Atsushima – The Enchanting Island
Featuring fabulous scenery that world-famous pianist Alfredo Cortot fell in love with, Shimonoseki is located in the westernmost part of Honshu. Every year, many tourists visit the neighboring town of Toyoura and the Kawatana Onsen.
You can see the view of Atsushima Island and the Hibikinada Sea in the photo above. The story goes that Cortot visited Japan in 1952 to hold a concert, and the view that he had from his hotel room was so amazing he told the village mayor that he had never seen such a beautiful view and that he wanted to buy the island.
This particular photo was taken from Lake Seiryu (Funagori Dam) – home of the Legend of Seiryu. The area has great feng shui and is a recommended spot to soak-up the fantastic view.
Constructed on the spot where the hotel Cortot stayed at used to be, the Shimonoseki City Kawatana Onsen Koryu Center, Kawatana-no-Mori, was built in the memory of the late pianist. The building’s design is reminiscent of Atsushima Island and the Onigajo mountain range, which gently wraps around Kawatana.
The exhibition held inside the building offers a glimpse of the history and culture of Toyoura Kawatana Onsen. Admission is free-of-charge. Hard-wired for sound, Cortot Hall is the venue of the annual Kawatana Cortot Music Festival, which is held in April. Attracting numerous fans of classical music from near and far, world-class international musicians play at the festival.
A short 10-minute drive from Kawatana-no-Mori brings you to a monumental camphor tree, which is more than 1000 years old. Known as the Kawatana Camphor Forest, the tree was once visited by wandering haiku poet Santouka. It was here that he composed the poem “Ogusu no eda kara eda e aoarashi”.
Relaxing At The Kawatana Grand Hotel
After having enjoyed Toyoura to the fullest, the Kawatana Grand Hotel serves as the perfect resting place. Etched onto the window of my room on the 5th floor of the main building there was a notice informing me that Cortot’s beloved Atsushima Island can be seen in the distance.
The hotel also has detached rooms with cypress baths – great for families with children.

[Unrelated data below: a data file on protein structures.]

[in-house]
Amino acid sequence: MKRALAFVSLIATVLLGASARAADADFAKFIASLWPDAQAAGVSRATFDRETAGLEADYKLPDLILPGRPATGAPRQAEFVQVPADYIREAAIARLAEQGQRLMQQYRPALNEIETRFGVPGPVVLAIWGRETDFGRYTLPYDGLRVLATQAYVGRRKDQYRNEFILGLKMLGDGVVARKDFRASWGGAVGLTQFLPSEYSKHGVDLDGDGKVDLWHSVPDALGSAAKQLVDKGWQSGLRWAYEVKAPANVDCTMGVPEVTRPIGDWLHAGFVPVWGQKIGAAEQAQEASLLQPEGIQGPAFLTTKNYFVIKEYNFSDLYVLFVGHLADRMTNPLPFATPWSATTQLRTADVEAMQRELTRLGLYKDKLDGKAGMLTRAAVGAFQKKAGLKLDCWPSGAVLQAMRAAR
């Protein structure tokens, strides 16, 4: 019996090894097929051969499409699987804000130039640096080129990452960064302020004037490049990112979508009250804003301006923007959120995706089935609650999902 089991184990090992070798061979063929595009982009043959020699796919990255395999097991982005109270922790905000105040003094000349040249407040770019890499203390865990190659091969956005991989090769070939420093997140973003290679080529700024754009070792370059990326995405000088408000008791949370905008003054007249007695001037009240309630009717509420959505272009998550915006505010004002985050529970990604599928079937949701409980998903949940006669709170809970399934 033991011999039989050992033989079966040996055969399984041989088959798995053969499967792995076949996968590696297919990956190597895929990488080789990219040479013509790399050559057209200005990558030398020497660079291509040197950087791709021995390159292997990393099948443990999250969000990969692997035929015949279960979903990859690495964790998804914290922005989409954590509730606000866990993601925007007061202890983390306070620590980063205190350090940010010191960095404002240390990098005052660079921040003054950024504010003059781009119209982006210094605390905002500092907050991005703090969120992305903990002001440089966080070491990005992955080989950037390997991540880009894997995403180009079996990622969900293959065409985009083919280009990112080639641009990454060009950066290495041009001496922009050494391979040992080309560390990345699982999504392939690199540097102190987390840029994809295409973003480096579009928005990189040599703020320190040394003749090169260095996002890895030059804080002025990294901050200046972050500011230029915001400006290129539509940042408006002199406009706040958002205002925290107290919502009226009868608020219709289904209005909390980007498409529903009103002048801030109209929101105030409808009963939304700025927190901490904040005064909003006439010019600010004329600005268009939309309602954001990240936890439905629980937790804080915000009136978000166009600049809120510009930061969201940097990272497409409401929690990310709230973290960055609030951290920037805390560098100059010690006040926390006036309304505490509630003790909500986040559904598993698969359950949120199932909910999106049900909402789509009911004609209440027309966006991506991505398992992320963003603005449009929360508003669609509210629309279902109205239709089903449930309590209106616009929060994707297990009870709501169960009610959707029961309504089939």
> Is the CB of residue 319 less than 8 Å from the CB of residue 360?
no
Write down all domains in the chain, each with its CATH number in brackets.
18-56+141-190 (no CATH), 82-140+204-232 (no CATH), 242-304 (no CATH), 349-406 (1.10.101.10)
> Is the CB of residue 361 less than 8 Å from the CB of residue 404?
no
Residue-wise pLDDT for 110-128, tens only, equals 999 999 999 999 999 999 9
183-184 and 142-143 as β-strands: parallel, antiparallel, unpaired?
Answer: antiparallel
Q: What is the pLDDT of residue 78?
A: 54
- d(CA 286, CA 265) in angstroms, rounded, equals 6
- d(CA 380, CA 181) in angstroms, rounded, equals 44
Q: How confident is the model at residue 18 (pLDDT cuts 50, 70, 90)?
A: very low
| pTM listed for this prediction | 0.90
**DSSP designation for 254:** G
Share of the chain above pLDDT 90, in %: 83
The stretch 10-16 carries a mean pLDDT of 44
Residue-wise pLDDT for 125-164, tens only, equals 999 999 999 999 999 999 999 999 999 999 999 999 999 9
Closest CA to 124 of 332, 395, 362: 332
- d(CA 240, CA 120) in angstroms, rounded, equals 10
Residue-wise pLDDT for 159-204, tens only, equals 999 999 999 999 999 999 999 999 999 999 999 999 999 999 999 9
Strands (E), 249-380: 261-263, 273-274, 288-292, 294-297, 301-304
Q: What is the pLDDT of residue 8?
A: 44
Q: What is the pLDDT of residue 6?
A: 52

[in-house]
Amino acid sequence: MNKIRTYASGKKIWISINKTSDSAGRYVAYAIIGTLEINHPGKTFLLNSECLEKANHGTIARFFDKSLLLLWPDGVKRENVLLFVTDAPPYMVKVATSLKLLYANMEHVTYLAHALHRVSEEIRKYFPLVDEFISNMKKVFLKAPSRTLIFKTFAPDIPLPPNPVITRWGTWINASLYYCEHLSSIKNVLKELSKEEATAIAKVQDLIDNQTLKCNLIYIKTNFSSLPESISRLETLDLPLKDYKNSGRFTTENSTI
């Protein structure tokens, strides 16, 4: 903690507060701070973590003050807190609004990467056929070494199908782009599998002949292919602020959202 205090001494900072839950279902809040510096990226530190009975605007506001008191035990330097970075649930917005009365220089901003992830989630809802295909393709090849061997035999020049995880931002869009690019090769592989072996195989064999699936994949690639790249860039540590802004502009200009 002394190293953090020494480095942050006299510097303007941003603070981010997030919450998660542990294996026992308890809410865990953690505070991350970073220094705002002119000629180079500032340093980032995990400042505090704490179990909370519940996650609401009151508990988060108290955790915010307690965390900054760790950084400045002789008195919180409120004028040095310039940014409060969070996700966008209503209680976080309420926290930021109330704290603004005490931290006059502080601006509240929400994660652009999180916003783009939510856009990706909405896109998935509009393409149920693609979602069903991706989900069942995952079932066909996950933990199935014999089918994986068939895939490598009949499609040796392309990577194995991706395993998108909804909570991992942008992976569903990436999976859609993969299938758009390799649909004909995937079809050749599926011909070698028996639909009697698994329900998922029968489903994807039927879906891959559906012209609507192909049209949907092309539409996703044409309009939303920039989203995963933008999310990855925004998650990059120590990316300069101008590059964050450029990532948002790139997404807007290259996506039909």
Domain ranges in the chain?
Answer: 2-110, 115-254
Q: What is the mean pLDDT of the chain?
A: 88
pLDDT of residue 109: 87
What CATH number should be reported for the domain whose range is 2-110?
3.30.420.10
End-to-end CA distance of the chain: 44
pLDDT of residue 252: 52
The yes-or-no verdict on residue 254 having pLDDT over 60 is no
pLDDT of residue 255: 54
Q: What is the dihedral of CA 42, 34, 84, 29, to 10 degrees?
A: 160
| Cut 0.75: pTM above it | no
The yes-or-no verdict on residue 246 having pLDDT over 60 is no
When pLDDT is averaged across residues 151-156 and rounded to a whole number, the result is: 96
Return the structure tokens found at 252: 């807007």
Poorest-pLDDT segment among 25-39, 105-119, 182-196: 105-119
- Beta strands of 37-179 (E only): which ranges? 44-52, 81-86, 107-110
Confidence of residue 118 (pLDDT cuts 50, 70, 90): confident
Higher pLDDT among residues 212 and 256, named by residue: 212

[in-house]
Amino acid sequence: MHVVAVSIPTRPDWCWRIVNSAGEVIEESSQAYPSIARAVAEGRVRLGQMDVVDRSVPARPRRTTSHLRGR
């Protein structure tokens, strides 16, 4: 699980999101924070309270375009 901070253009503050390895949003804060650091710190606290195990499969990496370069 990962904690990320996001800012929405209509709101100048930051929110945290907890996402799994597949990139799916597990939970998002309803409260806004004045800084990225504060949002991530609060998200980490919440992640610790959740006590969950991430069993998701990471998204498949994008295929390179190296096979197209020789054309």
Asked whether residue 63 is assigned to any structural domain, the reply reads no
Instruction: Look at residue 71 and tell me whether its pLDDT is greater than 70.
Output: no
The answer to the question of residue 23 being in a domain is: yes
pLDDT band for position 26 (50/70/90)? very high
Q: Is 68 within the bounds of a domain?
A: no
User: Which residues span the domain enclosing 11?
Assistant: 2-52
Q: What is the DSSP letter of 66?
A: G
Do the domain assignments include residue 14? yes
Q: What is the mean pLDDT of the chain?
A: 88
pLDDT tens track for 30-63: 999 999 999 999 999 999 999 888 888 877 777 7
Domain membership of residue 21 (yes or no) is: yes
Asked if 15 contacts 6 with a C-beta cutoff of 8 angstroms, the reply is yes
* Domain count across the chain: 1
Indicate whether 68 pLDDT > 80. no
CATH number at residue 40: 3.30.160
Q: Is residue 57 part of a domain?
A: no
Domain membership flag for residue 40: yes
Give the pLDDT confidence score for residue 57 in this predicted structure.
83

Shimonoseki’s Famous Tiger Blowfish
Anyone visiting Shimonoseki definitely has to try the local blowfish cuisine. The hotel only uses freshly caught domestic tiger blowfish from the Haedomari market (Hikoshima Island, Shimonoseki City). Just one thick slice of the excellent blowfish is enough for you to understand the difference in taste from imported blowfish.
This is fin sake. By setting it aflame just before drinking, the aroma of the fin is enhanced and the flavor of the sake becomes more rounded. According to the manager, the combination of raw blowfish and fin sake is amazing.
Next, I had fugu skin, or totomi as it’s called. I ate it shabu-shabu style. Though a rare and special dish in Shimonoseki, maybe Cortot and Santouka ate it when they were here as well…
Graceful & Gentle Toyoura & Kawatana Onsen
Both the cuisine and scenery are excellent here in Toyoura and at Kawatana Onsen. The gentle slopes of the hills and mountains give the area a graceful, gentle air. It is easy to see why Cortot and Santouka were enchanted by this delightful place. Please come and see it for yourself!
Shimonoseki City Kawatana Onsen Koryu Center Kawatana-no-Mori
Address: 5180 Kawatana, Toyouracho, Shimonoseki City, Yamaguchi Prefecture
Parking: 11 spaces
Business Hours: 10:00 – 20:00
Kawatana Camphor Forest
Address: Kawatana Shimoono, Toyouracho Oaza, Shimonoseki City, Yamaguchi Prefecture
Parking: 25 spaces
Kawatana Grand Hotel
Address: 4912-1 Kawatana, Toyoura, Shimonoseki City, Yamaguchi Prefecture
Parking: 250 spaces
Check-in: 15:00 –
Setouchi Finder Photo-writer: Akiko Isonaga
Akiko IsonagaI was born and raised in Hiroshima, but my mother's hometown is on Kojima island, Ehime prefecture. When I was little, I used to climb up on the roof of an orange warehouse and gaze at the picturesque islands of Seto. They were really beautiful. Now that I'm a bit older, I’m happy to be able to spend time working as a photo-writer and conveying the beauty and charm of the Seto Inland Sea. As well as writing at home, I live a short walk from the World Heritage site of Miyajima, I also work as a teacher and am currently studying color psychology.
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